Farzaneh Guillebeaux

October 12, 1942May 12, 2022
Obituary of Farzaneh Guillebeaux
Celebrating the Life of Fafar Guillebeaux (1942 - 2022) On the morning of May 12, 2022, Farzaneh Rabbani Guillebeaux (our beloved Fafar) “hastened from the mortal world of dust to the realm of everlasting glory”* Her life was truly international in scope, and as she was well-loved by so many the news of her death has circled the globe. Her friends and family both grieve the loss of her powerful presence and celebrate her extraordinary life. Fafar was a strong, stalwart, and loving wife to Jack Guillebeaux. She was daughter to Hujjat’u’lláh and Sayyareh Rabbání, sister to Fariborz Rabbání (Farrokh), mother to Audrey Corder (Lee), Minou Rysiew (Robert), and Hawmi Guillebeaux; grandmother to Louis Corder and Joshua Rysiew. She was a teacher to countless individuals and a wise and compassionate friend to many more. Born in Tehran, Iran she was a fifth generation Bahá’í through the lineage of the distinguished Samandari family. Always bright, curious, and deeply intelligent, her parents recognized her capacity, especially when they left Iran to serve as devout Bahá’í pioneers in Turkey. While in Izmir, she attended the American High School where all classes were held in either English or Turkish and she excelled even while learning two new languages. After 5 years in Turkey the family returned to Iran where Fafar finished high school and was awarded a full scholarship to Warren Wilson College in Asheville, North Carolina. In July of 1963 at the age of 20, she left her family and community in Tehran and courageously leapt into the very different world of North Carolina. It was in that very year that Fafar met Jack Guillebeaux in the home of Bill and Bunny Tucker who loved them both into an extended family. Jack proposed to Fafar in February 1965. At that time in Asheville, interracial couples could live together but could not legally marry, so the couple traveled to the Bahá’í Temple in Wilmette, Illinois for their wedding, and returned to Asheville to celebrate their union with friends and family. On their twenty-fifth anniversary in 1990, they hosted another, very different reception in Asheville where the media reported the historical significance of their marriage and celebrated that the state laws had progressively changed. Fafar earned her master’s degree in French Literature in 1967 and taught high school French while living in Asheville. Well educated, always elegant and refined in all things, Fafar was fluent in Farsi, French, Turkish and English. She was also fluent in both the Persian and English cultures and was able to bridge a deeper understanding of each to the other. She had an innate and deep appreciation of beauty and was a consummate and welcoming hostess to all. Fafar and Jack moved to Smyrna near Atlanta, then to Montgomery, Alabama, and finally to Athens, Georgia. Through her own experiences, which she incorporated into all her learning and teaching, Fafar was magnetized by the work of combining spirituality and practicality in relationships and in 1984 earned a master’s degree in Marriage and Family Therapy. The result of this work was a lifetime career as psychotherapist. Her unique ability was grounded in joining the principles of the Bahá’í Faith with tested and effective tools of therapy. So integral to her life was that goal that she served as a gifted therapist to her last day, counseling friends and family naturally and always with her signature authenticity. Her skills and compassion made her well known and appreciated as a speaker, and she traveled widely to lecture, facilitate groups, lead workshops, and give presentations. She conducted national and international training starting in 1988 that was focused primarily on the areas of overcoming racism and sexism, the empowerment of women, inter-racial/intercultural marriage, communication skills, and conflict resolution. She was a consultant with VISIONS through which she worked with universities, government departments, and companies including Proctor and Gamble and Innisfree Hotels. Fafar presented papers at such esteemed gatherings as the Sino-American Conference in Beijing (titled Holding up Half the Sky), at the Parliament of Religions, and as the keynote speaker at the Annual Women’s History Week dinner in Seneca Falls, New York. Always keenly aware of the particular challenges that women face, Fafar served on the Bahá’í National Committee on Women for many years. She often spoke of two special events in her life as a Bahá’í. One was the honor of meeting Shoghi Effendi, the Guardian of the Bahá’í Faith in 1957 while on pilgrimage with her family to the Bahá’í World Centre. Another was when she and Jack were asked to facilitate training together for the staff at the Bahá’í World Centre, Israel in 1996, 1997 and 1998. She was thrilled to have these opportunities to combine the principles of Bahá’í Faith with her work, which came alive through her innate talents and the power of her own experience. These rich opportunities combined with the depth of her Faith and her own dedication to authenticity, led her to author Spiritual Transformation: Reclaiming our Birthright, a book that represents her life work. In August 2021 Fafar lost her husband of 58 years, and shortly after experienced a recurrence of cancer. Throughout the last few months of her life, she was characteristically honest, clear thinking, and profoundly loving. She dealt with the process of dying as she did with the process of living, with openness, humor, grace, and curiosity. *’Abdu’l-Bahá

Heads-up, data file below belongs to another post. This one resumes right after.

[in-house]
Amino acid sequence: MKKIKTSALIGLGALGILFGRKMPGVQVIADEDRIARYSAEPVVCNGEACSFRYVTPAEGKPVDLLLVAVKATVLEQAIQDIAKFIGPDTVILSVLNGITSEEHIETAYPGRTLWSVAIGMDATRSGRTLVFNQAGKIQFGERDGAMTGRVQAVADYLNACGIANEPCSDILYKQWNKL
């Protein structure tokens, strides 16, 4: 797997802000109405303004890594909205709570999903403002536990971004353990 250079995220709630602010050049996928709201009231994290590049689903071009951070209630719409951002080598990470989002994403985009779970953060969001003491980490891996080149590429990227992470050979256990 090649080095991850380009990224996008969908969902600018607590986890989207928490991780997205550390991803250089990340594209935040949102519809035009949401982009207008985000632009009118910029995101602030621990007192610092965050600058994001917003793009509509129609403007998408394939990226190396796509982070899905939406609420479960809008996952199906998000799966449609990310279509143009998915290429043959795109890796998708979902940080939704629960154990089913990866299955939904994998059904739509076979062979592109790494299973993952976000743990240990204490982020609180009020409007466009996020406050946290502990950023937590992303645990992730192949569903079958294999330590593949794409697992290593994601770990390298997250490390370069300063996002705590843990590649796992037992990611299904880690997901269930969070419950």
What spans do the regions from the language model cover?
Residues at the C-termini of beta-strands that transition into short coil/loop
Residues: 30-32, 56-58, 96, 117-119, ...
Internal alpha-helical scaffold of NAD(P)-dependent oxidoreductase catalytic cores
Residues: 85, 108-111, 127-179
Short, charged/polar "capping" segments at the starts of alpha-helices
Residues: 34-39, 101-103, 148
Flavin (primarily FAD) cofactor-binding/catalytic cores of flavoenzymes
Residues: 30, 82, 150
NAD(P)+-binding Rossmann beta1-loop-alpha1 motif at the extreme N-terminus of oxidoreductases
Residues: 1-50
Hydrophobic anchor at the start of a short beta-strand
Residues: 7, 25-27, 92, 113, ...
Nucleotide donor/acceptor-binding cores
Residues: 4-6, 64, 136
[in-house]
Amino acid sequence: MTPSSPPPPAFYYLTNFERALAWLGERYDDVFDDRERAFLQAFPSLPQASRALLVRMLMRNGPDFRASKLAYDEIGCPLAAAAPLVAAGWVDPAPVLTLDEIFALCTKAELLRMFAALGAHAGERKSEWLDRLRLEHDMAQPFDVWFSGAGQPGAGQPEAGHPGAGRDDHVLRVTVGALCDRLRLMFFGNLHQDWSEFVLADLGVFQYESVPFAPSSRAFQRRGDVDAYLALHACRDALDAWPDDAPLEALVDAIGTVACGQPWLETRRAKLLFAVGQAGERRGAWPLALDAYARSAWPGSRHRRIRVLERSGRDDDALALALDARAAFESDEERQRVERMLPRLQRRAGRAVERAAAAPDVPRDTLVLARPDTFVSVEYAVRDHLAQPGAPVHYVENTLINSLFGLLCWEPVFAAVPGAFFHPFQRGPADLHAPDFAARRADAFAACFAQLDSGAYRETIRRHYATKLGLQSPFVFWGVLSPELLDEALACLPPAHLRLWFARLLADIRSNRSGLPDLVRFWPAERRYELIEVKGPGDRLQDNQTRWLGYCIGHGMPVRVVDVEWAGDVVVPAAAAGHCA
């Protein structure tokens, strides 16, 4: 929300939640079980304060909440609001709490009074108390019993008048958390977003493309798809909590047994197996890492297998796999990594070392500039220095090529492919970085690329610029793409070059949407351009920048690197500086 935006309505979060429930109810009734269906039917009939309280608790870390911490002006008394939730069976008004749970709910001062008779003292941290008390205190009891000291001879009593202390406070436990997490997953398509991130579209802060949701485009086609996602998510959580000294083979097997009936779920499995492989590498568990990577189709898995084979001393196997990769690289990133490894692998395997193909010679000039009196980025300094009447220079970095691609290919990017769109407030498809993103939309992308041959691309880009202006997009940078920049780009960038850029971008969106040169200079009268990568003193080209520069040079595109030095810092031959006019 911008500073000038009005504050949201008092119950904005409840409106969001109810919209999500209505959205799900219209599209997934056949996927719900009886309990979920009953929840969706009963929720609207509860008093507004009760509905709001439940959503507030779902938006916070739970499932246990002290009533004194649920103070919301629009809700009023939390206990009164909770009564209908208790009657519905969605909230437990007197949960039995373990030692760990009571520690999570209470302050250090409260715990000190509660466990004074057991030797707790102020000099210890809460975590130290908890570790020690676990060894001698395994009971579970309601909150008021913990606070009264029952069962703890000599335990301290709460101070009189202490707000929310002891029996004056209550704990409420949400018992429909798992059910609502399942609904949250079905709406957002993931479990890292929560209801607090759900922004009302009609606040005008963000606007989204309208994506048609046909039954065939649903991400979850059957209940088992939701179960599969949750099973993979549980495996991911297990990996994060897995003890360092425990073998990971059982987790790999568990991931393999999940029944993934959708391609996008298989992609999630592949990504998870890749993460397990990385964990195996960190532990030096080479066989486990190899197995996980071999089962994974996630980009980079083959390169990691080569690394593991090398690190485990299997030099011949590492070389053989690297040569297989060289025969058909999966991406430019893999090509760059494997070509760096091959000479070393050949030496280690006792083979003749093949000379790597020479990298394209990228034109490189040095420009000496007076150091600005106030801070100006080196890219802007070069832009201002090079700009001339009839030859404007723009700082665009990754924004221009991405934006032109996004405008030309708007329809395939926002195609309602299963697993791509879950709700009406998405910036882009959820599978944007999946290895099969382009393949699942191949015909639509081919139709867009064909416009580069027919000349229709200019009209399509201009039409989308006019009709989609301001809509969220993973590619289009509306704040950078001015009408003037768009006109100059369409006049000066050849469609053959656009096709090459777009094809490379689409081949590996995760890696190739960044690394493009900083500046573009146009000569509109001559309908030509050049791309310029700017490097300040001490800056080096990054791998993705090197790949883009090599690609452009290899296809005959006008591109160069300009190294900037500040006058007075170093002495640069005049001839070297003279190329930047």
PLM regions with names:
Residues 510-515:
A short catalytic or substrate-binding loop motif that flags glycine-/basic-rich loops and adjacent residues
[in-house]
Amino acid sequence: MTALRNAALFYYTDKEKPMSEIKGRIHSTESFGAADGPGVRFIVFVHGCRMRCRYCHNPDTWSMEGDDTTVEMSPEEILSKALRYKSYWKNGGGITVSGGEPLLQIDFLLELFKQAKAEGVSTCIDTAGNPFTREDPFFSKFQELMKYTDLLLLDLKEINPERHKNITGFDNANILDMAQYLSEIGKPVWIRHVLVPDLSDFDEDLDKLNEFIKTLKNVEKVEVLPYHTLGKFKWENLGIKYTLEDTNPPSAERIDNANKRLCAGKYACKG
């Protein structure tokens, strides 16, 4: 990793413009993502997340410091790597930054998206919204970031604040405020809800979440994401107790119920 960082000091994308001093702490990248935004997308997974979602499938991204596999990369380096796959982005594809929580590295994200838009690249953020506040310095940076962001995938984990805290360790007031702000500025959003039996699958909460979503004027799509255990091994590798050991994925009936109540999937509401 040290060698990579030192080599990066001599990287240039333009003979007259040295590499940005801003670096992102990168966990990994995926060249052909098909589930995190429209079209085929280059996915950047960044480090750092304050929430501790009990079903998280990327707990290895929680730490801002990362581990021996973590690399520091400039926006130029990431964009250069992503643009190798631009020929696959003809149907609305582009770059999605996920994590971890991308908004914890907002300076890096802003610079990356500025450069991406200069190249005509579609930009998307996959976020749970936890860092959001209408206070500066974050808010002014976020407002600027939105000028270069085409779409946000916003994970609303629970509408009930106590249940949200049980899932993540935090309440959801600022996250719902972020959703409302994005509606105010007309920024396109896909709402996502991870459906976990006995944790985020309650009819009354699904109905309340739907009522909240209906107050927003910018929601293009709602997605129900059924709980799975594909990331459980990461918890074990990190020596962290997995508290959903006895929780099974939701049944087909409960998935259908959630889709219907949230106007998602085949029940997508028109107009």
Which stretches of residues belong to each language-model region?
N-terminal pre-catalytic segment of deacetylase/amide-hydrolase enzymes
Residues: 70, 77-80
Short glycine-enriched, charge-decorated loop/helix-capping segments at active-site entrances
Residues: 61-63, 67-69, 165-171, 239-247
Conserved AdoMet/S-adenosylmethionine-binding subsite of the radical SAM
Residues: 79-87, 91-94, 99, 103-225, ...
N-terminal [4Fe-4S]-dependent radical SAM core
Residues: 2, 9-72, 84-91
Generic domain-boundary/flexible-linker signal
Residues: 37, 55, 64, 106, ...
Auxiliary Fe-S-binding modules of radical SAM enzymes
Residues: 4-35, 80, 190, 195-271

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Saturday, May 21, 2022

Celebration of Life